How Physicians' Reputations Impact ASC Brand Recognition & Bottom Line
Brand recognition for ambulatory surgery centers and orthopedic centers of excellence at hospitals has never been more important — but it's clear that the orthopedic surgeons, not the physical building, are now being examined as the brand.
In recent case studies published by Healthcare Marketing Center, several key statistics stood out that can significantly impact the way ambulatory surgery centers and hospitals spend their advertising dollars.
The most significant opportunities for such facilities to increase their profitability are definitely growing on the internet. Print, TV, radio, billboards and earned media are no longer as powerful as a geo-targeted mini-billboards on Google, which specifically target the behaviors of patients in exclusive demographics. The best part about it is that these campaigns can be tweaked with virtually no extra cost from one month to the next to keep improving ROI.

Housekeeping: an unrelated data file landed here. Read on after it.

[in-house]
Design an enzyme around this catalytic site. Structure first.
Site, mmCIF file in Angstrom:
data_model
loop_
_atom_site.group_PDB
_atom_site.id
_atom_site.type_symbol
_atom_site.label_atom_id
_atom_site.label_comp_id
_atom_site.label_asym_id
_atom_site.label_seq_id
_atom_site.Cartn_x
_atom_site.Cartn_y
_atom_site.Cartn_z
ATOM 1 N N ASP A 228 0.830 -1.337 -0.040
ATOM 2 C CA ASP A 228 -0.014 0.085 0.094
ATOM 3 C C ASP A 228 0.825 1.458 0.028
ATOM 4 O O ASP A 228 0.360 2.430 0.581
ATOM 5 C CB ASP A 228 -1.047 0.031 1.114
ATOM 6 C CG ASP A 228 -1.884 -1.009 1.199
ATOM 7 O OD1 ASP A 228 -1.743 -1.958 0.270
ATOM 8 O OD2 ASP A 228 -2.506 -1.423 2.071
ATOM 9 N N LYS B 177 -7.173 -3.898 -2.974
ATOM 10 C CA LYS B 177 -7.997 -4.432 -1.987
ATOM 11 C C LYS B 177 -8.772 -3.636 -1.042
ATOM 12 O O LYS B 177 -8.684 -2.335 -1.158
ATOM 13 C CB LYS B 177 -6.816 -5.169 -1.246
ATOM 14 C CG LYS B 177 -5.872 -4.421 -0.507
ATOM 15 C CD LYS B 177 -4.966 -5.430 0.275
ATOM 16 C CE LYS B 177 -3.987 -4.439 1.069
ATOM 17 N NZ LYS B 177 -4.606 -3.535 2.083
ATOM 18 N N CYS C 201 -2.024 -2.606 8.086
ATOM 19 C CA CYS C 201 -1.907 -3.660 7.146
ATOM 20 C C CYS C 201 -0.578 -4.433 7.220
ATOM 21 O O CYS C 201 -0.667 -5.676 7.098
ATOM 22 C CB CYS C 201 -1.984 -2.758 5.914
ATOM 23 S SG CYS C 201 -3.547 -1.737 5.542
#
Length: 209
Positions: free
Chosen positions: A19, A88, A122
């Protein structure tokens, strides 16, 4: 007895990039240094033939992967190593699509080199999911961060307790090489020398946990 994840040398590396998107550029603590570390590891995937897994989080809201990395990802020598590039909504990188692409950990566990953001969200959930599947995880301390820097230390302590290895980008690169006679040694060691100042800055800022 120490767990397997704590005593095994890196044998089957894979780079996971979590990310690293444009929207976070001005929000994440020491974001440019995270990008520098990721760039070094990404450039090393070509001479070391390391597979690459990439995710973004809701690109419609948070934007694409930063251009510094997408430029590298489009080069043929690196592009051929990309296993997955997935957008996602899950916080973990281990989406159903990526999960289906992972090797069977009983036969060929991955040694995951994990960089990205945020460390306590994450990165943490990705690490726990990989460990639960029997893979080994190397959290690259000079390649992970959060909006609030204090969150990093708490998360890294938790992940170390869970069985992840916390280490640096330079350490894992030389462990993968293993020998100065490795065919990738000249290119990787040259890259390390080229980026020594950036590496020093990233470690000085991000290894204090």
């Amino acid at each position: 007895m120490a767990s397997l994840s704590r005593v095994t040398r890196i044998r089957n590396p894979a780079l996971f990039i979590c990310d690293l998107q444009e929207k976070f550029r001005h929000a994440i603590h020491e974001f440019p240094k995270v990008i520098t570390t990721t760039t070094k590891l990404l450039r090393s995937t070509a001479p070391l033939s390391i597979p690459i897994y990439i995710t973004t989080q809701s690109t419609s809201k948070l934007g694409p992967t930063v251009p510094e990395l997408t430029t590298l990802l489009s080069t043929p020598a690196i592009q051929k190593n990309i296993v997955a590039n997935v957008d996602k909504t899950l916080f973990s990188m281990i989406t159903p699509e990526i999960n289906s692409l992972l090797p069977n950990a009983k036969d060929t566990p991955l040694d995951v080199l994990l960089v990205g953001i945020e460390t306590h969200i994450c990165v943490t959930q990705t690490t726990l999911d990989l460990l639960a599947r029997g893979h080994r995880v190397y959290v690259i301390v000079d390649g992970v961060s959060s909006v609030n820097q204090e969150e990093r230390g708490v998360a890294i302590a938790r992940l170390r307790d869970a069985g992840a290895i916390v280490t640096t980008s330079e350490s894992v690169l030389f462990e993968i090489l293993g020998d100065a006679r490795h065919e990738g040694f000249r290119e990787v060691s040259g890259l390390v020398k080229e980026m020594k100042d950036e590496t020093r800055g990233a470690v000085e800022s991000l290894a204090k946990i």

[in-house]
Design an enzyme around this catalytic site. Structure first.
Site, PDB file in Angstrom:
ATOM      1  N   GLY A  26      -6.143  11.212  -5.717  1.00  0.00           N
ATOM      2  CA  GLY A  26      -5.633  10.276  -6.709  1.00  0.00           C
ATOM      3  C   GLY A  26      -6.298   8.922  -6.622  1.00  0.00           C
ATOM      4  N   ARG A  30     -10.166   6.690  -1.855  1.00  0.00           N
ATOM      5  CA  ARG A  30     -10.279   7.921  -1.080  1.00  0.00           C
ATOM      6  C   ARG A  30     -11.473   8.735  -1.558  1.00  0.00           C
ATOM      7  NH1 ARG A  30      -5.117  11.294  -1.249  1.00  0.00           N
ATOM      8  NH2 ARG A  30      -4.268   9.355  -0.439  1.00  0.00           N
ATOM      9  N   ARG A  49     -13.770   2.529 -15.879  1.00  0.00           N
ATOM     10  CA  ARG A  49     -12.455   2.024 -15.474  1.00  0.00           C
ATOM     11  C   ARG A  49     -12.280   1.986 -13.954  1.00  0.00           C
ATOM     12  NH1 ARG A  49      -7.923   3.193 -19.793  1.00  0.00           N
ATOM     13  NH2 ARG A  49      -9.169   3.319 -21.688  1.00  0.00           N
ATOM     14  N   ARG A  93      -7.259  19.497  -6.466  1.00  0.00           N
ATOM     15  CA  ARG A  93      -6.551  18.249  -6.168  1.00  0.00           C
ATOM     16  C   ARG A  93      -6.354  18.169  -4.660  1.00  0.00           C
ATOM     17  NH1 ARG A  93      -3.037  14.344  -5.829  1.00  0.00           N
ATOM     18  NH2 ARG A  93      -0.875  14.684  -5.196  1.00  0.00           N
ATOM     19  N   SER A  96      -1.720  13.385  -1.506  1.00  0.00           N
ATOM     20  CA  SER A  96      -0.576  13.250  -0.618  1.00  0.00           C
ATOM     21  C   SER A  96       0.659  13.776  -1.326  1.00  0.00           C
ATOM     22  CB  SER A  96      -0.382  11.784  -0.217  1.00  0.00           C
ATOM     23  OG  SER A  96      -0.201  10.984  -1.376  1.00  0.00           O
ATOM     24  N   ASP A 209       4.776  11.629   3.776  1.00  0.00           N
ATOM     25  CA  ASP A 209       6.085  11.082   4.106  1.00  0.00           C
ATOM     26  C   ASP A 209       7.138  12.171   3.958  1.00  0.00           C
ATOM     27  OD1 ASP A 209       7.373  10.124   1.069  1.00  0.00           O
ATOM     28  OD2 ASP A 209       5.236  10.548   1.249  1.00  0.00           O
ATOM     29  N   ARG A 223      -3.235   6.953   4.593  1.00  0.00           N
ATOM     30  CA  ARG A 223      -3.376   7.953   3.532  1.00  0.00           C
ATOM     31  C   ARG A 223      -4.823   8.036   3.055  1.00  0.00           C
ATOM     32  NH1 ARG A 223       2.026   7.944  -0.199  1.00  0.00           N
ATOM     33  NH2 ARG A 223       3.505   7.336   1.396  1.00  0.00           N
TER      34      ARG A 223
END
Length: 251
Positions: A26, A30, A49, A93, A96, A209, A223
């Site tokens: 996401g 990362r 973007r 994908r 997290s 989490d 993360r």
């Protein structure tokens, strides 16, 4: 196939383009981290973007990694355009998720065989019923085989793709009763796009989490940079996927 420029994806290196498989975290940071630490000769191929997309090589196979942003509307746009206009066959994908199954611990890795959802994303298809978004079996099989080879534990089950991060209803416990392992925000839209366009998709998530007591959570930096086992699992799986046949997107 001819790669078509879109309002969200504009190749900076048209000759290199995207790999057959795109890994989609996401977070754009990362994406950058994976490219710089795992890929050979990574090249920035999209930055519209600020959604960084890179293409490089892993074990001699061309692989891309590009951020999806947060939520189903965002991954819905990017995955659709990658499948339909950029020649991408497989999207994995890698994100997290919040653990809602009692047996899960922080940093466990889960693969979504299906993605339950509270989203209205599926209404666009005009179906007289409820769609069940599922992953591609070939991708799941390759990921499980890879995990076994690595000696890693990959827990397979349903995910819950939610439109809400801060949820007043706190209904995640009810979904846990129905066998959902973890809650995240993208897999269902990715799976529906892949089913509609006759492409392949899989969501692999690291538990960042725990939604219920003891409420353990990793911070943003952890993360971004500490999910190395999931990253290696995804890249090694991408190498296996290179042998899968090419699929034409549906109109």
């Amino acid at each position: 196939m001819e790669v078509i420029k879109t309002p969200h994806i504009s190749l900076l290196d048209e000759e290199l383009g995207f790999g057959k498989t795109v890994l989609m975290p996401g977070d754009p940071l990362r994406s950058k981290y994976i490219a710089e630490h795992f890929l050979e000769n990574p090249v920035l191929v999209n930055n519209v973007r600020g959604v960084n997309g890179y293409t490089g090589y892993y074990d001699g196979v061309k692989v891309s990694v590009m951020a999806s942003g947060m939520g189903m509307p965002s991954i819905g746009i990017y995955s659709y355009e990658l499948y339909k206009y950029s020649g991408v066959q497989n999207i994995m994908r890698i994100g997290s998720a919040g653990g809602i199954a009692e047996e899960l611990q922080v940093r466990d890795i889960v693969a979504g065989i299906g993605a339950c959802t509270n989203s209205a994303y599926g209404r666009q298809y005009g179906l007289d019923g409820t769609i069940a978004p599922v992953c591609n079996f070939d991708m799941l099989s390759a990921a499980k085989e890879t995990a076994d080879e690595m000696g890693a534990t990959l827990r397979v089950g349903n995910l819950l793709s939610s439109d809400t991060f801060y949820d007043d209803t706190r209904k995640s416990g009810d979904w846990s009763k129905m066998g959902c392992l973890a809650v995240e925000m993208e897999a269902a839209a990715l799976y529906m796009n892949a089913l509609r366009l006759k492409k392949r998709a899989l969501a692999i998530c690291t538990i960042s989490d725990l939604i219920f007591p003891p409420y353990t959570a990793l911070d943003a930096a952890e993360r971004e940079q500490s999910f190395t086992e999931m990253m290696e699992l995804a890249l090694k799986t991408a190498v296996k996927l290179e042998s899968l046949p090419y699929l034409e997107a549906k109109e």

ROI ratios 40:1 are only attainable with the internet, but when they are supported by public relations for the physicians that make up the center of excellence, ROI ratios soar to 200:1 (average of 85:1). Luckily, PR campaigns for the doctors are neither expensive nor time-consuming. Why? Technology available on iPads/Tablet PCs and "the cloud" are revolutionizing how brand recognition is earned.
For future patients, the most important searches are for a surgeon's area of sub-expertise and other patients' experiences.
Patients seeking orthopedic and spine surgery are looking for information that identifies the physician's skill level, i.e. "I specialize in minimally invasive knee surgery for athletes in contact sports. I love it when my patients can quickly return to the activities they love." Online searches for simple terms such as "orthopedic surgeon" are slowly disappearing as patients become empowered with the information available to them.
Unfortunately, many patients diagnose themselves and seek online resources they think are best. The amount of misinformation on the internet that supports those misdiagnoses is troubling.